Well, actually, what you were responding to was something else... but it was a couple posts back, so I can see how the main point got lost...
The question was how can they say a P has already reached his ceiling about change-ups and sliders when he's still learning how to pitch right? I can understand how they can think that about FB's... but change-ups and sliders?
ps: I never meant to suggest that developing a pitch was easy. But "easy" and "very possible" are not the same thing... as is demonstrated by the fact that it takes most MLB P's some number of *years* to learn enough to be MLB-ready....
Very fair, I didn't read back at all, just read that one part and wanted to chime in.
It's more like they are evaluating future performance based on what is presented right now...if that makes any sense. No one could possibly know a guy could have a lights out slider if he doesn't throw one to be evaluated, but based on what can be seen at that time is what you are getting in these reports. Of course something could change down the road like you said, new grips, new mechanics etc. but basically you should insert the line into every evaluation you read, "without any other changes" this is how this will develop. It's not fair to the evaluators to ding them for not knowing a guy could have a much better pitch if he did a. or b. They are just presenting what they can see, and how things SHOULD improve based on what's being presented.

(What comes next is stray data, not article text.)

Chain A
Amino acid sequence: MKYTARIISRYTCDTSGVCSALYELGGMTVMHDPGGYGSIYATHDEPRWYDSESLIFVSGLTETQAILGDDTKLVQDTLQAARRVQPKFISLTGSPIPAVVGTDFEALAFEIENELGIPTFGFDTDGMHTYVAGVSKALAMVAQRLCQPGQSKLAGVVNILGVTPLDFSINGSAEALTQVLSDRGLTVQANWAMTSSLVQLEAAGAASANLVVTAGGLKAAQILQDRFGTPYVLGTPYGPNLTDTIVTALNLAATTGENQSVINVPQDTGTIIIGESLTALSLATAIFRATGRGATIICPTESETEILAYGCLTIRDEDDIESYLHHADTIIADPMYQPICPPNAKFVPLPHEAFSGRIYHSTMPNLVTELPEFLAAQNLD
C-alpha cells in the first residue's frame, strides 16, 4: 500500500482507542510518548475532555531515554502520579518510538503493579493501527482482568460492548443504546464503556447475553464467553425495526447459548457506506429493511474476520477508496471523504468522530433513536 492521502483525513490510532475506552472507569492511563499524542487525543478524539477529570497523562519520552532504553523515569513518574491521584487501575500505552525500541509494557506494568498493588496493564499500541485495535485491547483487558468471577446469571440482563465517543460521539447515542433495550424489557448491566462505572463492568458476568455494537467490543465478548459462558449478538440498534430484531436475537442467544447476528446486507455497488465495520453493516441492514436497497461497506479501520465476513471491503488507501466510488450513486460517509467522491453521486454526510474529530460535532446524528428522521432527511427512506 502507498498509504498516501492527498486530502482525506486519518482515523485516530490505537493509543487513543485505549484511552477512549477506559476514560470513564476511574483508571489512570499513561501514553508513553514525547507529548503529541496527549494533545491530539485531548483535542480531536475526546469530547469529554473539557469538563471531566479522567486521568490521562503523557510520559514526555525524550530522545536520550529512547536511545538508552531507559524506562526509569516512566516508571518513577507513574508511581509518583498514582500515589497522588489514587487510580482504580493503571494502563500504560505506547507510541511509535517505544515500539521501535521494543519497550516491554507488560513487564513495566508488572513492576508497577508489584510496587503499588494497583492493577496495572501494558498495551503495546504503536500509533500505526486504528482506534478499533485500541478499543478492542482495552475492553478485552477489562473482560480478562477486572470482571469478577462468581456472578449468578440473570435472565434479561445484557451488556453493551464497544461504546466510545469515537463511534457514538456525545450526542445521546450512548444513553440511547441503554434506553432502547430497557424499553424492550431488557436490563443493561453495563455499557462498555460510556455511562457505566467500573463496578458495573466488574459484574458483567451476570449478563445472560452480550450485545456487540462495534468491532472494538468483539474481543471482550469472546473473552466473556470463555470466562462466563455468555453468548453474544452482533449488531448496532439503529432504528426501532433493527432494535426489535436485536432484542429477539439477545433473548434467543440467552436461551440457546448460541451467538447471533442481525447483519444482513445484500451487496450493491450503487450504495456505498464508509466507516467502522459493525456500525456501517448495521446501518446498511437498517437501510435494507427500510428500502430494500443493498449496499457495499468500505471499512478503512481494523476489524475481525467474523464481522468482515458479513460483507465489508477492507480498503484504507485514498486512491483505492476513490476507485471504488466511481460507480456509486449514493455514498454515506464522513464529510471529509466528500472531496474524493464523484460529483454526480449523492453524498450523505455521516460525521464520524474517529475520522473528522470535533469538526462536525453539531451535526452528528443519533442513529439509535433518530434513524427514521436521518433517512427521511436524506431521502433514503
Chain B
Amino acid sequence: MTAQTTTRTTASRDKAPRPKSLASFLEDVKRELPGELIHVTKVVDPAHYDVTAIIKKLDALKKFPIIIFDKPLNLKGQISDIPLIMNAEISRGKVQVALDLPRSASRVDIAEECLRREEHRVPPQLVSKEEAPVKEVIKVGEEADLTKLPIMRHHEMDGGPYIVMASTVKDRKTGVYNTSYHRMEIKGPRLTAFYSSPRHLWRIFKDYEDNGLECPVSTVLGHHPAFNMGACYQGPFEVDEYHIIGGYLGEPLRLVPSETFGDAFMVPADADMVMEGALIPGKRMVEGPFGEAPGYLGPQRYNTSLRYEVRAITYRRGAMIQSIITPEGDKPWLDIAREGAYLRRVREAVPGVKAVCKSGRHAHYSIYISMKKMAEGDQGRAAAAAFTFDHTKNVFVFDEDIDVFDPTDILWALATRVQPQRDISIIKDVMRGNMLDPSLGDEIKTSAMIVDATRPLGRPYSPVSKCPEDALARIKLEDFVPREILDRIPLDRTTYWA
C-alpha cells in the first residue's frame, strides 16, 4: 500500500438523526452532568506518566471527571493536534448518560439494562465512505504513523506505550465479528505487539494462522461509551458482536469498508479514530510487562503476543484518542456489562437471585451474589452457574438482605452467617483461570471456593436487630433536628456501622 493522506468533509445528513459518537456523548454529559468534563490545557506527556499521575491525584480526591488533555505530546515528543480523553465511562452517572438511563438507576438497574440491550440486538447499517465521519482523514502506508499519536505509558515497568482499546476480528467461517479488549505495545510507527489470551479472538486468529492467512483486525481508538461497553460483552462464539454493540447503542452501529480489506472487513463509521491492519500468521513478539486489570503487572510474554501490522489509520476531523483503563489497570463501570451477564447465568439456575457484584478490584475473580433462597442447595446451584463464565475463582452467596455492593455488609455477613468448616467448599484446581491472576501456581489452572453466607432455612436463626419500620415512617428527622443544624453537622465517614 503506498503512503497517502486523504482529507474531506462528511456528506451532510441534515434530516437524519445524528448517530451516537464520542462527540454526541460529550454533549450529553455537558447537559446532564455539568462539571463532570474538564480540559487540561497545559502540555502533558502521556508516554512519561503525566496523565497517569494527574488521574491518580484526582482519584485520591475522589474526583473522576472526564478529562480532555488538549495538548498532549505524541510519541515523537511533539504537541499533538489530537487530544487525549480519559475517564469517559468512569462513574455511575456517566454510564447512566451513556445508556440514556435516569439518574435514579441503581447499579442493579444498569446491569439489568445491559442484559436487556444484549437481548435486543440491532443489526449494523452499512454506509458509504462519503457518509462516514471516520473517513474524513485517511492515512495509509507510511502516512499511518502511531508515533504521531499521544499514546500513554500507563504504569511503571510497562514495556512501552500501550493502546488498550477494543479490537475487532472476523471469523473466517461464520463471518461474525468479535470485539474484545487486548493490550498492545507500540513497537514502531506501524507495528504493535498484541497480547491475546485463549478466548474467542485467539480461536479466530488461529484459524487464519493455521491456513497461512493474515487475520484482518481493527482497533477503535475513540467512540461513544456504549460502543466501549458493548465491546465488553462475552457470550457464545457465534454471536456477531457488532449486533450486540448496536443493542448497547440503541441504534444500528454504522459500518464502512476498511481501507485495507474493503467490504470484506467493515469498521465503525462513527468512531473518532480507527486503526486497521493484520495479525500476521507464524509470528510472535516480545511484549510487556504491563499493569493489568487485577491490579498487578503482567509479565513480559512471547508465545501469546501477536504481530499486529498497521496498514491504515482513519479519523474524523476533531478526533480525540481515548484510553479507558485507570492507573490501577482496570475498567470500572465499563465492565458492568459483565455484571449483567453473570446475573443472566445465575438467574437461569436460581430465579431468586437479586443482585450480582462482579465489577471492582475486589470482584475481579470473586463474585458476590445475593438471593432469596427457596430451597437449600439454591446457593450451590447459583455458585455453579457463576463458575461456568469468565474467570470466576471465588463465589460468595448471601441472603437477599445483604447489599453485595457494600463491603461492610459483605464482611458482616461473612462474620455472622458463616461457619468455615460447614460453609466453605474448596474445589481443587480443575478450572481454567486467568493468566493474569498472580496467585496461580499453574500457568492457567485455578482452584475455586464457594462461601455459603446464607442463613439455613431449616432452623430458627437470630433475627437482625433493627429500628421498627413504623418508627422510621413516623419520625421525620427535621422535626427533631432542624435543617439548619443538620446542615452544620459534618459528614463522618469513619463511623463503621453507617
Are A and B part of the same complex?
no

It's why a lot of guys seem to come out of left field, or move up prospect lists later in development, because like you said, one might change something working with a new coach one day and it makes a MAJOR improvement. Doesn't happen real often though, those guys that do a good job of this, like the 2080 guys, and others out there do a good job of evaluating what they can see, and projecting out.
Yeah I know what you mean, I completely paraphrased.